How can companies gain insight from employees into their experience with digital workplace technology to ensure that new tools are effective and not disruptive?
The results of Employer Net Promoter Scores (eNPS), Impact Surveys, and Integrated Workplace Analysis provide organizations with an excellent opportunity to see if their digital workstation devices are working well.
eNPS surveys are becoming increasingly popular to measure employee sentiment, and they can be used to gauge how employees are transitioning to new digital tools or workstation functions – from productivity to satisfaction ,
Conducting regular pulse surveys provides another way to gauge employee engagement and opinions. When they are made anonymous, employees are usually willing to be more communicative. Therefore, these surveys often give companies the best insights into the feelings of their employees. If done on a regular basis – about every six months – companies can also track trends (and hopefully improvements) over time.
Both eNPS and pulse surveys can be managed over a company's intranet, and the metadata they contain can be extremely powerful when it comes to reporting satisfaction, especially when they can be easily segmented. When it comes to gaining more insight into the intranet's performance, companies can use their integrated analytics to discover and analyze insights into the most popular content, usage trends, key factors, and issues.
What advice would you give companies that want to invest in cooperation and communication tools?
The first thing companies need to do is assess which applications are already virally accepted by employees. A big challenge when buying top-down software is the low acceptance and the employee quota. After all, why should they tend to switch to something unknown after years of using the tools they use?
That's why interoperability is so important in the decision-making process. Investing in collaboration and communication tools built into the applications employees are already using greatly increases the likelihood of a successful launch. In addition, business tools are no longer isolated, and their effectiveness lies in their ability to share and access data that will also be relevant to other applications.
Businesses also need to adapt to the way people consume information, which is often the case outside normal working hours. For example, employees in retail can not read internal communications during the workday. And office workers often read on the way to work or in the evening.
So consider tools that not only support the needs of the distribution media staff, but also allow you to configure the communication modalities, including access to the data, when is the best time to send important messages. Another point: The communication of the employees is not limited to simple announcements. This also includes a wider communication, eg. For example, how to share information in a crisis, or how to best communicate in a closed environment without losing control, so as not to compromise security or compliance.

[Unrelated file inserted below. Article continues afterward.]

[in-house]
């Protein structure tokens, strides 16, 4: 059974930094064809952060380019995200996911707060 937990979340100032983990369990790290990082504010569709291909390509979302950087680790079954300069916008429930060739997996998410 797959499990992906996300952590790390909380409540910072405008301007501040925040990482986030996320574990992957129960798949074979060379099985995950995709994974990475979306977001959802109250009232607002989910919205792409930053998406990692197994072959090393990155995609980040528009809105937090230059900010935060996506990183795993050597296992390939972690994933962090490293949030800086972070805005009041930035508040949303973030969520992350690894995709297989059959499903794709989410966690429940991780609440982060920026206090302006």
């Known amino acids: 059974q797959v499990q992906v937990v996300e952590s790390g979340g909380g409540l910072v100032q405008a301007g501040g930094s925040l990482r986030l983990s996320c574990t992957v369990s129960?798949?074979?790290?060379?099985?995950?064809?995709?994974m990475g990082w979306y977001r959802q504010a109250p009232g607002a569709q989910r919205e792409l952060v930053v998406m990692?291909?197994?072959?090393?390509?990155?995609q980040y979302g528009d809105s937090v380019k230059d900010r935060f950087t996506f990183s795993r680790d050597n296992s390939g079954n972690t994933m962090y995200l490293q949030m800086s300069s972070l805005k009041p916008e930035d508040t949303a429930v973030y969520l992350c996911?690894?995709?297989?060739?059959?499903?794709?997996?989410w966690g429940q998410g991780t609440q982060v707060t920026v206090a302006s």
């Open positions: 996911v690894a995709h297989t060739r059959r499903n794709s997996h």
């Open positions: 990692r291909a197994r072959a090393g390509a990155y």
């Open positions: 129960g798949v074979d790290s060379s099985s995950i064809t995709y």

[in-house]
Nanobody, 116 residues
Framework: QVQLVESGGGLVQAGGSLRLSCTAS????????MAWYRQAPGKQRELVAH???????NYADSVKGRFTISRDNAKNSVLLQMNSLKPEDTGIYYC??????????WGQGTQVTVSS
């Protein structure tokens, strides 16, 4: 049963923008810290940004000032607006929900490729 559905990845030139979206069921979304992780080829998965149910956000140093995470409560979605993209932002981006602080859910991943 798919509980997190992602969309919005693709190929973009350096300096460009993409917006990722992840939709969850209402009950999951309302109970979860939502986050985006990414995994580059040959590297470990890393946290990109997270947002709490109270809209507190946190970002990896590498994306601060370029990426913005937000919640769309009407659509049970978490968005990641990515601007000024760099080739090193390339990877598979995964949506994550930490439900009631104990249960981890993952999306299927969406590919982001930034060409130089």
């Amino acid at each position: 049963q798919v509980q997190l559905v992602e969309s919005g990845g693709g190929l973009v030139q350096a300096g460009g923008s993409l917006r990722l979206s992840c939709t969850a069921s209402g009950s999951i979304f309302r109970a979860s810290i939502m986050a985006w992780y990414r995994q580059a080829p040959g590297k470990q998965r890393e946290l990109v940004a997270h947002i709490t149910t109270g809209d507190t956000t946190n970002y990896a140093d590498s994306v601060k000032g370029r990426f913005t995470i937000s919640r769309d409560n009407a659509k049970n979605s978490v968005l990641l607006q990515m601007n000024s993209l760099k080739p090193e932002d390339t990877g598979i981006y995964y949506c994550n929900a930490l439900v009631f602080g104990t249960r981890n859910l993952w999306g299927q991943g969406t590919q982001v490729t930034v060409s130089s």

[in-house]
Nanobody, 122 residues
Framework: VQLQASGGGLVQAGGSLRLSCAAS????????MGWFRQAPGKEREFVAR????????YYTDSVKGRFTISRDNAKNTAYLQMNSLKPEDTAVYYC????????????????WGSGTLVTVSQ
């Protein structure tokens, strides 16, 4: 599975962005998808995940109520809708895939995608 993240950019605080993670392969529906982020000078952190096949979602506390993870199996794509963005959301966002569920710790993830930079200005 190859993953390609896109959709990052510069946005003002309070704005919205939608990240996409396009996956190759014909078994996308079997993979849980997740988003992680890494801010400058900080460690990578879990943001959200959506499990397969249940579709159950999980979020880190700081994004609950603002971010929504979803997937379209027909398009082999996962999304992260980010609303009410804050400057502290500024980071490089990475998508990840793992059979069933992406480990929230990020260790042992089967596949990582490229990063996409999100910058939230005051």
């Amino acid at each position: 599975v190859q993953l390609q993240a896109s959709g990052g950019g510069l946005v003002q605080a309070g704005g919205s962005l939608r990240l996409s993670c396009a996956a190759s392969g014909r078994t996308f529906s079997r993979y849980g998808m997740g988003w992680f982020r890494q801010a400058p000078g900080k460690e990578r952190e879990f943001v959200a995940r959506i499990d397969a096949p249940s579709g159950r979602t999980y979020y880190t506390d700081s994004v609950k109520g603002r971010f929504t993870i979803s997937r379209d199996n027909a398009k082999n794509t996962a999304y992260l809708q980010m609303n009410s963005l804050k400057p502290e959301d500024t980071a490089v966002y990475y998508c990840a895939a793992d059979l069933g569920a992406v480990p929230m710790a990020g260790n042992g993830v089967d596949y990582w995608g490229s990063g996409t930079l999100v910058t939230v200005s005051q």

How does the intranet meet the needs and address the challenges many companies face in collaboration?
Intranets help to streamline the various forms of cooperation while reducing the burden of overworking cooperation. By centralizing information and communication, companies can use their internal channels to announce messages, conduct surveys, exchange ideas, and retain employees across the enterprise.
For example, intranets support collaboration through stretched content and not only provide employees with excellent visibility. Soapbox allows you to share their wide-ranging opinions and views, but empower other people to find new ideas and engage with colleagues , They also support short-form collaboration through chat and social networking for employees, where people can exchange brief opinions and statements, target small teams for a specific purpose, and talk privately or in a closed message.
There Is One Thing Like "Too Much" "The collaboration is already showing, however, and employees are already showing signs of lethargy due to congestion on chat messages, which has quickly become the new e-mail mailbox filler. Imagine coming back from vacation to find out that you need not only read 200 emails, but 450 unread chat messages to search. The good news is that intranets can also help by providing a channel for formal collaboration on important topics and not separating essential communication tools for review by the employee.
Intranets can be a collaboration powerhub. However, they must be implemented in the right way and take into account existing employee habits in order to be effective.